Developing a Positive Fitness Mindset

Developing a Positive Fitness MindsetStop that Negative Voice with Cognitive Reframing!

By Heather Preston, MA, CHES, ACSM-CPT, CHWC

We all have that nagging negative voice that tells us we “don’t belong” or we are “never going to lose this weight”; it is a normal part of the human psyche. But this does not mean we have to let it run rampant! Cognitive reframing, or reconstruction, is a way to help you change your negative self-talk into more positive experiences. Cognitive reframing will not only help to accelerate your fitness progress, it will also positively impact every aspect of your life!

What is Cognitive Reframing?

Cognitive reframing is a psychology technique that identifies and then disputes the negative thought running through your mind. It is a way to view the experience or thought in a more positive way. To put it simply, you are changing the way you look at something! Doing this allows you to challenge the negative thought and become a more positive and happy person; no more negative voice!

Okay, if it were that easy none of us would ever suffer from the negative junk we say to ourselves. The real point of this exercise will be to begin to be more aware of your negative voice and then to practice reframing the voice into something more positive. This will take time; some negative thoughts or past hurts run very deep. You will find that sometimes it is easy and other times you really need to work at it until it finally sticks. Simply repeating the new, positive phrase to yourself is what will make it part of your being. Okay, so let’s talk about what we need to do first.

The Critical Steps to Cognitive Reframing

Step 1:

As soon as the negative thought pops into your head, stop; does your perception match the reality? Is what you are thinking or saying to yourself really true? Probably not. “I didn’t lose two pounds this week so this is never going to work.”  NEVER GOING TO WORK. How realistic is that? Not very.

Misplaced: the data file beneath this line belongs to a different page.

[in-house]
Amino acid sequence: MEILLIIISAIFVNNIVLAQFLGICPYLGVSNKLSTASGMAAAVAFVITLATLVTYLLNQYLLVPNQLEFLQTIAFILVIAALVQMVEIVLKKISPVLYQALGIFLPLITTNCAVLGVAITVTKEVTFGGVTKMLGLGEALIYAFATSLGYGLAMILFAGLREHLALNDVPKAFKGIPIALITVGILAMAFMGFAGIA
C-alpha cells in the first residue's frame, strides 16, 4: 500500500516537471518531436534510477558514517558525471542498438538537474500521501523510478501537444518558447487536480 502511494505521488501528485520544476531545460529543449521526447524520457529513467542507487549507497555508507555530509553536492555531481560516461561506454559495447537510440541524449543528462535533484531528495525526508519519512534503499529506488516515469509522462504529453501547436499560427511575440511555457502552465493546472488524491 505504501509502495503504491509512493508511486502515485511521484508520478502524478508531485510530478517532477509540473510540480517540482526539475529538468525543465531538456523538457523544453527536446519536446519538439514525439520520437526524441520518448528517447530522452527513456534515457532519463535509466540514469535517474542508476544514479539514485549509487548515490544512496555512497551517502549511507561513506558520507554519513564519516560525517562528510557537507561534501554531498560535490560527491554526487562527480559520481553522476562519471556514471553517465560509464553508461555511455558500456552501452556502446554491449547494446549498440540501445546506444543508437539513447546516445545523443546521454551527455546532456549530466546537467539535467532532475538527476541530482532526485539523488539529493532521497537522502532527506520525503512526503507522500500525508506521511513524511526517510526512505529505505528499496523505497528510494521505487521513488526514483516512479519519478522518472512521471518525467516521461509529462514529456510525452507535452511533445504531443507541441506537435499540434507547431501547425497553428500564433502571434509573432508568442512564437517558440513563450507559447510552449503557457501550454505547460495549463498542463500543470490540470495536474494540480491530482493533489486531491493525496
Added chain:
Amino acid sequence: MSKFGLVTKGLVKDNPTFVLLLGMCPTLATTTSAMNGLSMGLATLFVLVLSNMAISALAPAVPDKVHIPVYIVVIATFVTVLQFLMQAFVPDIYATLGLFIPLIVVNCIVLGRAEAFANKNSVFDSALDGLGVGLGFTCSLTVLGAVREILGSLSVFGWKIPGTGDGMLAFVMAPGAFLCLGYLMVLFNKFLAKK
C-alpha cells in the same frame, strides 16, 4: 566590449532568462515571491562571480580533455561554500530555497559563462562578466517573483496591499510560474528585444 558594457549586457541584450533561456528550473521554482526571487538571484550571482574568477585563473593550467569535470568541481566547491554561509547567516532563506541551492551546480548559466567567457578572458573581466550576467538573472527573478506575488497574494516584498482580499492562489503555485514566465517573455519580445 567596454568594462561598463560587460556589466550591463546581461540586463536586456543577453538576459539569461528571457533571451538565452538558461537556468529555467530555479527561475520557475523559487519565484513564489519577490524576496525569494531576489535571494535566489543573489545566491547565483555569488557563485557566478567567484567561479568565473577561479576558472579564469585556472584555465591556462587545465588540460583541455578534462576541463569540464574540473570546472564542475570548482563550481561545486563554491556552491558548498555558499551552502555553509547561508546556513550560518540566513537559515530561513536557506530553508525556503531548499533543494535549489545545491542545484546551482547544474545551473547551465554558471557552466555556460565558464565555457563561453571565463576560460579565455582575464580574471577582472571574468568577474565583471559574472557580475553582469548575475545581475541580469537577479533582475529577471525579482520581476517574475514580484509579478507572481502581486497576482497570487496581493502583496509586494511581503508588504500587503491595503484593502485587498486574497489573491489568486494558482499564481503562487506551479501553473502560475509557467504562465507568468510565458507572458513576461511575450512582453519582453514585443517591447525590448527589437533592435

Step 2:

Once you stop yourself dead in your thought–processing tracks and identify that you have a negative message coming through, the next step is to try to see a more positive light. What did you learn from the experience? When did you have success in the past? Draw from these questions to reframe your self-talk. “This was a rough week but I learned that I need to be more organized so I have healthy options on hand when it is time to make dinner and prepare snacks. Next week I will do better!”

The Bottom Line

Being aware and more “mindful” of our negative thoughts is the first step in stopping it, then restructuring and deciding what thoughts you are going to “let in” will be the next to help squelch the negative voice that is running rampant. Remember, seeing something as positive or negative is a choice; it is up to you to make the right choice!

By being proactive and utilizing cognitive reframing each and every day, you will eventually begin to establish a new mindset that will positively impact your life in many ways. Whether you want to achieve a lofty fitness goal or master any area of your life, cognitive reframing is another fantastic tool to add to your life mastery toolkit.

Try this: Think of 2-3 negative thoughts that your negative voice keeps feeding to you. Work on reframing these thoughts into something better that you can “let in” and become part of your positive self-talk. Keep these positive sentences in the forefront of your mind by writing them down and posting them in your high-traffic areas; office desk, bathroom mirror, refrigerator, or car. Have fun with the process and good luck!

Author Profile: Heather Preston

Heather is certified by the American College of Sports Medicine as a Personal Trainer, is a certified Wellness Coach through WellCoaches, and is a NCHEC Health Education Specialist.She also holds a Master’s Degree in Health Education/Promotion and a B.A. in Health Care Studies. Her mission is to make wellness seem “doable” for everyone, regardless of fitness level or hectic schedule. Find out more about Heather by visiting:

Disclaimer: The views of the author are his or her own, and do not necessarily reflect the opinions of Ask The Trainer.
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